Essentially 1 KG per boot, with its closure/buckle system centered around a BOA synch for the lower and booster strap for the upper - It couldn't be any more streamlined.

        The initial impression was how comfortable and dialed in you can get the fit, right out of the box. I eventually heated the liners and was able to get it perfect, but right from the beginning I was impressed with its comfort and fit. The BOA allows you to get a consistent and tight fit around your forefoot without any pressure points.

        The boot last is marketed as 100mm and I would agree, and even say that it could fit a slightly wider foot (my feet vary in width often) - I have not noticed any slop.

        The walk mode on this boot is simple and very stiff. Its a quick flip of the lever and you go from the full range of motion in tour mode, to a roughly 95 flex when the power strap is ratcheted down and the BOA synched. The transition from tour/ski is roughly 10 seconds per boot.

        The touring speaks for itself. Super effortless motion in tour mode, great action from the cuff, and simple walk/ski mechanism.

        The boot also crushes on the down - especially when paired with a lighter weight kit. If you keep it all (skis/bindings) under 7.5 pounds (an easy task with the assortment these days) - you will float on the skin track and shred on the down.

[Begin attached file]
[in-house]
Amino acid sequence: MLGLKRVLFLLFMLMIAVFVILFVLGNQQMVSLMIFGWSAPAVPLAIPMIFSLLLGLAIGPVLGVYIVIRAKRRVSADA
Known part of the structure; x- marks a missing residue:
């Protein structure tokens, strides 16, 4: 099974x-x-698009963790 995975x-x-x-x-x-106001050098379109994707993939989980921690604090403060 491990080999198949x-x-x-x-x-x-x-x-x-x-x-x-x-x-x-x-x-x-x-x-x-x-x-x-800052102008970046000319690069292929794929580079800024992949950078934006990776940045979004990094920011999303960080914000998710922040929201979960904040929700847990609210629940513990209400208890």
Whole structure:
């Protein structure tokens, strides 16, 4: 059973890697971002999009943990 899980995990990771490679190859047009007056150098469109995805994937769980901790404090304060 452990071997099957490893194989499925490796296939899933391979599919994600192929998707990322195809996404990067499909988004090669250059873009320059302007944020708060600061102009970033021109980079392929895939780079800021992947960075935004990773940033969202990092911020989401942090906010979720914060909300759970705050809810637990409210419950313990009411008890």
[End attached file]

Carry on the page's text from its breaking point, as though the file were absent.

For the simplest touring boot on the market with the highest amount of comfort and skiability for its weight class - The Travers is top class.

        Unanswered Question

        I’m looking for a set of touring bindings to suit these boots, but I really need (want) a system that doesn’t require me to remove the boot when transitioning between walk and ski modes (or vice versa). I thought the Tyrolia Aambition was the answer...but now
        I’m told that won’t work.

        Any suggestions would be greatly appreciated!!

        Unanswered Question

        Can this shell be punched out if necessary, particularly just behind the little toe?